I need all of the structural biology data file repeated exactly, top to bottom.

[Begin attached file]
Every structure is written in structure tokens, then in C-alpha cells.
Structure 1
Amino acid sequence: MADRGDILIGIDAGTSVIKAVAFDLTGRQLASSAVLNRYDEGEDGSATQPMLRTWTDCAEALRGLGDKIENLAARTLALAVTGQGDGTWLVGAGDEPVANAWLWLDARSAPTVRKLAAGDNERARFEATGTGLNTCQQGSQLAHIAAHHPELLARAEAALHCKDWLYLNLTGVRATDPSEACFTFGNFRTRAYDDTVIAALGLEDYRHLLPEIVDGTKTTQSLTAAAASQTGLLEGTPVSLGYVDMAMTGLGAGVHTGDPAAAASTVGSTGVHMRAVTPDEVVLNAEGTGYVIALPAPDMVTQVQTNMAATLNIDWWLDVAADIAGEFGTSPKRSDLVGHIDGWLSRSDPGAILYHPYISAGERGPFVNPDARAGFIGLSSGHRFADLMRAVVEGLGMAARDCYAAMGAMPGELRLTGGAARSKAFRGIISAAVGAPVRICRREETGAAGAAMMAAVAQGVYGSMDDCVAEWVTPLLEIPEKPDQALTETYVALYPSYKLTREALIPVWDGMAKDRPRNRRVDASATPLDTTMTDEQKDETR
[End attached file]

Every structure is written in structure tokens, then in C-alpha cells.
Structure 1
Amino acid sequence: MADRGDILIGIDAGTSVIKAVAFDLTGRQLASSAVLNRYDEGEDGSATQPMLRTWTDCAEALRGLGDKIENLAARTLALAVTGQGDGTWLVGAGDEPVANAWLWLDARSAPTVRKLAAGDNERARFEATGTGLNTCQQGSQLAHIAAHHPELLARAEAALHCKDWLYLNLTGVRATDPSEACFTFGNFRTRAYDDTVIAALGLEDYRHLLPEIVDGTKTTQSLTAAAASQTGLLEGTPVSLGYVDMAMTGLGAGVHTGDPAAAASTVGSTGVHMRAVTPDEVVLNAEGTGYVIALPAPDMVTQVQTNMAATLNIDWWLDVAADIAGEFGTSPKRSDLVGHIDGWLSRSDPGAILYHPYISAGERGPFVNPDARAGFIGLSSGHRFADLMRAVVEGLGMAARDCYAAMGAMPGELRLTGGAARSKAFRGIISAAVGAPVRICRREETGAAGAAMMAAVAQGVYGSMDDCVAEWVTPLLEIPEKPDQALTETYVALYPSYKLTREALIPVWDGMAKDRPRNRRVDASATPLDTTMTDEQKDETR